It’s natural for anyone who becomes the victim of a crime or gets into a traffic accident to be unsure of what to do.
The Tokyo Metropolitan Police Department provides information and consultation to help victims and family members. That includes information on
・how an investigation and court will proceed, under what process an offender will be punished,
・what will be asked of the victim and family members during an investigation, and
・what kind of systems, relevant facilities, and organizations are available.
Police assistance for victims
The following types of assistance will be provided for individuals such as families who lost a family member to crimes such as murder, victims of sexual crimes and seriously injured victims, and victims of serious traffic accidents.
・Explanation provided to the doctor
・Escort for inspection of evidence at the scene, etc.
・Transportation to home, etc.
・Listening to an interviewee’s concerns, requests, etc.
・Providing the booklet entitled “To the Victims of Crimes”
・Explaining criminal proceedings, etc.
Introducing facilities, organizations, etc. related to victim assistance
Offering lodging facilities to victims of crime, and other victims
Victims and family members can obtain information such as who the offender is and how he/she will be punished as long as the information does not impede the investigation.
Visitations and making contact
If desired, a police officer from a police box, etc. will go on patrol or provide necessary guidance on crime prevention, etc.
Compensation system for crime victims
This is a system in which the Japanese government pays benefits to a victim of crime, including a crime victim or bereaved families who are unable to receive compensation for damage in some form of public relief, or from a criminal perpetrator, in spite of accidental death or receiving serious harm, such as severe illness/injury or disability, due to an intentional criminal act.
Note: No benefits will be granted, however, if the victim neither possessed Japanese nationality nor resided in Japan at the moment of the crime.
Benefit for bereaved family members
A benefit provided to family of a deceased victim of crime
Benefit for seriously injured persons
A benefit provided to a victim of a crime who sustained severe illness or injury (a wound or sickness requiring 1 month or more of medical treatment and over 3 days hospitalization (see Note 1))
Note 1: In regard to psychiatric disorders such as PTSD, this applies to sickness requiring 1 month or more of medical treatment and symptoms of such a degree that the victim is unable to work for 3 days or more.
Benefit for incapacitated persons
A benefit provided to a victim of a crime that is left with a disability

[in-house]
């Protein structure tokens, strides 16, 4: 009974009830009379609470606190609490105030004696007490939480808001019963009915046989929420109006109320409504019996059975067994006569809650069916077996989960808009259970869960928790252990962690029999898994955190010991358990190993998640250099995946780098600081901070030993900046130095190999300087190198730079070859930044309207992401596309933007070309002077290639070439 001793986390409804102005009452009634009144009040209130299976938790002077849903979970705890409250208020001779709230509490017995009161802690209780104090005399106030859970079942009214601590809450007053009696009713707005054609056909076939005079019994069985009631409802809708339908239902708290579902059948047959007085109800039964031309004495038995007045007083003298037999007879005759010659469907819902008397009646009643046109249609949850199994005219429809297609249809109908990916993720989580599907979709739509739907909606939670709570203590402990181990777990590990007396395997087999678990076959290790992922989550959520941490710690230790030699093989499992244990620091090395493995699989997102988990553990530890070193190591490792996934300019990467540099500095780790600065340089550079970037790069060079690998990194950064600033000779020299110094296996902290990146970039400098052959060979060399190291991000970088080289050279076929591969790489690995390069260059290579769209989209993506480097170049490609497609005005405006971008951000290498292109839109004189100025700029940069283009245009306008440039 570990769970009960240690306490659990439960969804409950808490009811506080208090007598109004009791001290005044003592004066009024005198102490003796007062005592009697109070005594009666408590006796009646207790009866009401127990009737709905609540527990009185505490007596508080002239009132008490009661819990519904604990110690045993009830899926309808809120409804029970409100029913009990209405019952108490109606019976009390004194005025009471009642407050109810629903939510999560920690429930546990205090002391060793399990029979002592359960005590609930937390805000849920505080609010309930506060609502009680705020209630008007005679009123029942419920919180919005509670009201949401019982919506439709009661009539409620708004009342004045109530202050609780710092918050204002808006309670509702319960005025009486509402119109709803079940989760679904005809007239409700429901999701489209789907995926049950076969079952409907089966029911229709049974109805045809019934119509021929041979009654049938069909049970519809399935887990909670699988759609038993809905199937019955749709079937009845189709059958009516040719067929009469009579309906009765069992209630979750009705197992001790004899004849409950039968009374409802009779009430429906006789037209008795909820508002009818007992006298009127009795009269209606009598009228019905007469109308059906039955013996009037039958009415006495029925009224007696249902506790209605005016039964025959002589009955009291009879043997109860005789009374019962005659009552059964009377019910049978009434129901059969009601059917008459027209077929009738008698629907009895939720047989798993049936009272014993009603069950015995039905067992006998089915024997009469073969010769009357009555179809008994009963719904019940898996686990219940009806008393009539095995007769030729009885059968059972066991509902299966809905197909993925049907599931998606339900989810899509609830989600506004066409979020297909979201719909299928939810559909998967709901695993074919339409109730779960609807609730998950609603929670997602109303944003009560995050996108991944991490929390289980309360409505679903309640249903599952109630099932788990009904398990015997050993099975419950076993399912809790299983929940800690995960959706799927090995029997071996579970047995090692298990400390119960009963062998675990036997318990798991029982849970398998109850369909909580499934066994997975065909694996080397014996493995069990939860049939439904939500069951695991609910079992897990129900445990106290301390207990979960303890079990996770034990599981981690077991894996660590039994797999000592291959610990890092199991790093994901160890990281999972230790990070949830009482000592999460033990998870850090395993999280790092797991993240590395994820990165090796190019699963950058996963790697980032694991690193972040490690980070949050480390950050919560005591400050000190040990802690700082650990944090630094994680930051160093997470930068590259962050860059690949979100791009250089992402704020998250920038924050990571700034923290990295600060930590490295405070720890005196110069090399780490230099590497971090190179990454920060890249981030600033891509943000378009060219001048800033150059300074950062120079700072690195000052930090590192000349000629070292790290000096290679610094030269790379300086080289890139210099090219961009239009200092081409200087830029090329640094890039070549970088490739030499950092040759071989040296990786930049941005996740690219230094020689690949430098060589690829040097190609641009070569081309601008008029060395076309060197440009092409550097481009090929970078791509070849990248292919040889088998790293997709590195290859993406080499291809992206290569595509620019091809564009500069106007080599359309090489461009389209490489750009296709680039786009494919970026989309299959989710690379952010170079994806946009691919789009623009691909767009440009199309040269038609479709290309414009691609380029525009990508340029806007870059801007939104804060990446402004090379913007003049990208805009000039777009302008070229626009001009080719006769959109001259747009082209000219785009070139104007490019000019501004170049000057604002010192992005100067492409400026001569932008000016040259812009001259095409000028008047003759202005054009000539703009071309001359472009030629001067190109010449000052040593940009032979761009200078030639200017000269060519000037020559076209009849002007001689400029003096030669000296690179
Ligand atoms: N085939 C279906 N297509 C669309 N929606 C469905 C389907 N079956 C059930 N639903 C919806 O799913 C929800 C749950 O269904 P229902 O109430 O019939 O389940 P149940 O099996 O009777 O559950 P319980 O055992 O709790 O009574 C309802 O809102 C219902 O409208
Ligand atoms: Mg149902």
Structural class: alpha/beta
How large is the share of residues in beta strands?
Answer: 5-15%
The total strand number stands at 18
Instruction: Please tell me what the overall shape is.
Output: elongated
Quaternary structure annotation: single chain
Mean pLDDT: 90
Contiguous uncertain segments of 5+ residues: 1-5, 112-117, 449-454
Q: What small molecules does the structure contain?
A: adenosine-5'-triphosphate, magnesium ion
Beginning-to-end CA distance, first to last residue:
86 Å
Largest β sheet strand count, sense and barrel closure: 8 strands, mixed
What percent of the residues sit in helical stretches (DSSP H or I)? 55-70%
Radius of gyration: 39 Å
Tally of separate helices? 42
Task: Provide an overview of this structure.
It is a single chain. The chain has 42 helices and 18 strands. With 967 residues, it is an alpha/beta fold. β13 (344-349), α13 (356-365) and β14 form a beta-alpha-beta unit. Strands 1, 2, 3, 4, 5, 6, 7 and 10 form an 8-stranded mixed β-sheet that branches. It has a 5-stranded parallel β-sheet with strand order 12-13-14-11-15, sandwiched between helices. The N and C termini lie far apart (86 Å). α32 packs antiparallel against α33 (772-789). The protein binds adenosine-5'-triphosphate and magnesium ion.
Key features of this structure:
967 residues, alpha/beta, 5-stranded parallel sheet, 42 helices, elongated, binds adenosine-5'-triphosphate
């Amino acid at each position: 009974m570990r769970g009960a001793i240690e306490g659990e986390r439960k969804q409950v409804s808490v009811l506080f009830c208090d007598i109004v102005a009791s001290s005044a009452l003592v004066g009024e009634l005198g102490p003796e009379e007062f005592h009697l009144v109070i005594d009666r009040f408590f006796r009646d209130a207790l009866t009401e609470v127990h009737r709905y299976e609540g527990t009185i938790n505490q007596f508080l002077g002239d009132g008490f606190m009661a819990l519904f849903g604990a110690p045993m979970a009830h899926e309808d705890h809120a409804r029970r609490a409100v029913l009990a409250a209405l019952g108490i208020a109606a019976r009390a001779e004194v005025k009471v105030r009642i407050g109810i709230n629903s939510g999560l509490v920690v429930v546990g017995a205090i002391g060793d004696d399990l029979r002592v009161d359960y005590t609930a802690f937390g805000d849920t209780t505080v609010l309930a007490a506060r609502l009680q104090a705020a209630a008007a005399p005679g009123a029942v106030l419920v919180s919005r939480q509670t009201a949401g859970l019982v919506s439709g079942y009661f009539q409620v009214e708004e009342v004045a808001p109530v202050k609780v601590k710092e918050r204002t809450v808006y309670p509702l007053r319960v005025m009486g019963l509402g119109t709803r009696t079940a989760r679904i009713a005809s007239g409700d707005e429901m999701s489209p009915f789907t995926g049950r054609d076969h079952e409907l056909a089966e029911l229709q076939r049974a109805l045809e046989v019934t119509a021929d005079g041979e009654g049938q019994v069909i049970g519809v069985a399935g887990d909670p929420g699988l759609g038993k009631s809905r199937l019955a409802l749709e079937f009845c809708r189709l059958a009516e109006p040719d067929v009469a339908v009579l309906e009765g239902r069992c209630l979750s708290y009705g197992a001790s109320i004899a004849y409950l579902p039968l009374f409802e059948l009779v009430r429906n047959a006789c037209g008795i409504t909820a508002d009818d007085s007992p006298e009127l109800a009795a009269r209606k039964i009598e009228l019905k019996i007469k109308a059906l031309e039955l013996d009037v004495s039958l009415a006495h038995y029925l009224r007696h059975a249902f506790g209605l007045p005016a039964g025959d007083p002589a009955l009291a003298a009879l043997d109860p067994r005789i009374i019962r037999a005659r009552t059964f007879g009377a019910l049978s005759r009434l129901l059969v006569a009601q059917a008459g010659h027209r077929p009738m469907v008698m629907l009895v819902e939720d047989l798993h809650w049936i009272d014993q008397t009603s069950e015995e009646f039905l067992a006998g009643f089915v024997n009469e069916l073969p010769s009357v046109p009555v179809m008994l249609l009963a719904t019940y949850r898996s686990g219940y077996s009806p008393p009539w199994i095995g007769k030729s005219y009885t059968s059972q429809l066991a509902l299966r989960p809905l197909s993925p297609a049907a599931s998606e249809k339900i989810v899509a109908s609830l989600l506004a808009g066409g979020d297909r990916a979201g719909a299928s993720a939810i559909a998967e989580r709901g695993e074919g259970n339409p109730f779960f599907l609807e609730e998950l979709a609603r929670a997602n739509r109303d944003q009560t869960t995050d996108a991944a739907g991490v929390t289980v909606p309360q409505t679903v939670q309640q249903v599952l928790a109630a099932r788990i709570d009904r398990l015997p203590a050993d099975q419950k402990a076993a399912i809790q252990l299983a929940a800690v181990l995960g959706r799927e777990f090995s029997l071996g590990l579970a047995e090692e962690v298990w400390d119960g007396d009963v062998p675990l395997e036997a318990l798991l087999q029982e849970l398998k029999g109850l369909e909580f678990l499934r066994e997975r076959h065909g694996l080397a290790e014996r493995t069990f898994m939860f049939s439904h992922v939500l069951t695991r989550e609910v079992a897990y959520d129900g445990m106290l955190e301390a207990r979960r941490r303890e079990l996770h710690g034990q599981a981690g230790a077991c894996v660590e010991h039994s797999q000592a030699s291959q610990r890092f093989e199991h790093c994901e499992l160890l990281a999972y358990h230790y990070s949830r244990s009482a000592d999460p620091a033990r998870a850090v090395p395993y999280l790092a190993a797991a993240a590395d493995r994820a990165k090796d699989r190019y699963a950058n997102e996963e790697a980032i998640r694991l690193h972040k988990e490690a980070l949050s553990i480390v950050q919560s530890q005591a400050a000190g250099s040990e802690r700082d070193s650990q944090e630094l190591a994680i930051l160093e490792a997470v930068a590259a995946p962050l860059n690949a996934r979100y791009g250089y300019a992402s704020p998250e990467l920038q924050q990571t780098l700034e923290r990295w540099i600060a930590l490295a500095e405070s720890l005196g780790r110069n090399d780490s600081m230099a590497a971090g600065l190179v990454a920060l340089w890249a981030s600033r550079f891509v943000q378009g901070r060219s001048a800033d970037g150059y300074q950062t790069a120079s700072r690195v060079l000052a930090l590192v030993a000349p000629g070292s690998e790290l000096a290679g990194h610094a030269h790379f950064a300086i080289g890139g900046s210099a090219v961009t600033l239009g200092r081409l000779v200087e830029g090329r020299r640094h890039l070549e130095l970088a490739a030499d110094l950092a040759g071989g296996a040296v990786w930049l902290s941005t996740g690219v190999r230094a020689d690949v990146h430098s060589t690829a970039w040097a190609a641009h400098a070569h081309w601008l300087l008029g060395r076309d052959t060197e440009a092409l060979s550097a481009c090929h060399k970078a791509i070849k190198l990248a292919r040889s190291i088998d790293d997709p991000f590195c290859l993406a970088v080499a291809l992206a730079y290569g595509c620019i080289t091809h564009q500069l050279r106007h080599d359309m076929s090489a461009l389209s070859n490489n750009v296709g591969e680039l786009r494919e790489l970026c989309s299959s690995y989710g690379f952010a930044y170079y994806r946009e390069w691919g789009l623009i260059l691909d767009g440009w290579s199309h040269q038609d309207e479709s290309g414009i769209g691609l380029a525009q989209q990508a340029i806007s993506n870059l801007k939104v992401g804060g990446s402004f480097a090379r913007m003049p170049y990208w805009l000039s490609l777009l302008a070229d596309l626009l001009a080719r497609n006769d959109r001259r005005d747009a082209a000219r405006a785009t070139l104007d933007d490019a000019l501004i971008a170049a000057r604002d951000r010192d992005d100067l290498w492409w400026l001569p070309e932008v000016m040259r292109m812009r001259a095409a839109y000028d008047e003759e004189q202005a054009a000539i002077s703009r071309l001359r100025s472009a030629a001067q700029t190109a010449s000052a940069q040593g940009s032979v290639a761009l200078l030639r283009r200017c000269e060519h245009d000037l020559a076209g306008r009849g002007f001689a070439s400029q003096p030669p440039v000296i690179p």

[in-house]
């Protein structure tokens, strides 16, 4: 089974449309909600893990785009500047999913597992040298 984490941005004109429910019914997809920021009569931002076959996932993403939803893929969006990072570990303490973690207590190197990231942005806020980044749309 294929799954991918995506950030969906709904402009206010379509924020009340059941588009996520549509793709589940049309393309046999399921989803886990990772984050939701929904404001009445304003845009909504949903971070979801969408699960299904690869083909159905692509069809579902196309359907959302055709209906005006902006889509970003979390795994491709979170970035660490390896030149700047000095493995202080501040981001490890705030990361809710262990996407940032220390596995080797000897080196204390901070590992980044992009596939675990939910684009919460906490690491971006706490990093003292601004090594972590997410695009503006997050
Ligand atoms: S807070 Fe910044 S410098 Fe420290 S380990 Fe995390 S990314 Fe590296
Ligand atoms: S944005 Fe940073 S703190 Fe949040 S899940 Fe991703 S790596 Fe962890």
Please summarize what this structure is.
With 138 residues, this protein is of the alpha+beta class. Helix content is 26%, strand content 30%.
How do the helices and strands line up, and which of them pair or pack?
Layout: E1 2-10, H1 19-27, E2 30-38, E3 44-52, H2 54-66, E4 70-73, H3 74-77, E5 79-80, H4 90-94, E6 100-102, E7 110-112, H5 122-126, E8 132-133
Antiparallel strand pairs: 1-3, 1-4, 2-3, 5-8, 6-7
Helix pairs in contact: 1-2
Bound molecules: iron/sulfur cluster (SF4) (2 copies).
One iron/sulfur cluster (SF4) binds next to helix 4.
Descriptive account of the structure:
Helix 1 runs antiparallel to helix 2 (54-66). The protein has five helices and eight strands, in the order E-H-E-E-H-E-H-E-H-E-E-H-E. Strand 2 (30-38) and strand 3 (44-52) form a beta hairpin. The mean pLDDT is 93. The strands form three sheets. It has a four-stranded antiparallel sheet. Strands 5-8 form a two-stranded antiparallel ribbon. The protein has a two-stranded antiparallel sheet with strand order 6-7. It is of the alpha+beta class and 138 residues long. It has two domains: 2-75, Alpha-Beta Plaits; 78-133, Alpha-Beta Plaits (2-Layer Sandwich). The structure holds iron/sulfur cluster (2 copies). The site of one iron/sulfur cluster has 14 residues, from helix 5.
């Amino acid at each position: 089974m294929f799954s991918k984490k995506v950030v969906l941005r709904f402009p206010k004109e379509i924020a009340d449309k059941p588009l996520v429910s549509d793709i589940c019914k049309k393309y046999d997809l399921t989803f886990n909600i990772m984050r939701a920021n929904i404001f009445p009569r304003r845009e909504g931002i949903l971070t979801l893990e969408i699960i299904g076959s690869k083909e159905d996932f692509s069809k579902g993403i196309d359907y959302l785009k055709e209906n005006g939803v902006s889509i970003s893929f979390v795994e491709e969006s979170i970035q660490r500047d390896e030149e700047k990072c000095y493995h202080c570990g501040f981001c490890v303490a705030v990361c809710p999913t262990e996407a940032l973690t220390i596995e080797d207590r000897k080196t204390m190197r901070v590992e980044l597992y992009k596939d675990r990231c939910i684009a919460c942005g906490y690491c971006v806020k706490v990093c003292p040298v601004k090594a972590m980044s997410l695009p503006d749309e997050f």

Other financial assistance
Public funds are paid out to a victim under certain conditions to cover a portion of the fee for issuing a medical certificate to attest to injury, and a portion of the medical fee incurred when receiving a medical examination for the purpose of issuing a medical certificate.
In addition, public funds are paid out under certain conditions to a victim of sexual crime for a portion of the cost for the morning-after pill, tests for sexually transmitted disease, induced abortion, and counseling; and to a victim of crime, such as murder, incurred in the home for a portion of a house cleaning fee that includes disinfection and deodorization.
Counseling is provided for mental anguish primarily to victims of sexual crimes, victims in cases of injury, and family of murder victims.
It is natural for crime victims and bereaved families to feel extremely distressed because they
・feel constant anxiety,
・think they are also responsible in some way, and
・have no one who understands their frustration.
Criminal procedure refers to the process that starts with identifying the offender and specifying the criminal facts, and ends with imposing a penalty on the offender. It is broadly divided into the 3 phases of investigation, prosecution, and judgment.
This refers to activities conducted to identify the offender, collect evidence, and clarify facts to solve the case.
The public prosecutor decides within the detention period whether the suspect will be brought to trial.
・Prosecution refers to when the suspect is brought to trial.
・Non-prosecution refers to when the suspect is not brought to trial.
When a suspect is brought to trial, the trial date is determined and a hearing takes place. Ultimately, a judgment is handed down.
In the course of criminal proceedings, the following requests are made of, and burdens placed on, the victim and family members. They are necessary to apprehend and punish the offender.
Cooperation is requested to help the victim, and to ensure others do not become victims of the same crime.
Police ask about circumstances, such as the harm inflicted and details about the offender. Depending on the case, the public prosecutor may also ask about circumstances.
As evidence proving the crime, in some cases the victim may have to submit items such as clothing worn and items in his/her possession. They will be returned as soon as they are no longer necessary to the investigation.
Accompanying inspection of evidence at the scene
To clarify what harm was inflicted, the victim may be asked to accompany the police to the scene of the crime to explain the situation.
Appearing at court
When the trial begins, the victim may have to testify at court.
In cases of sexual crime, the victim can request a screen to shield him/her when testifying, or to testify through video link.
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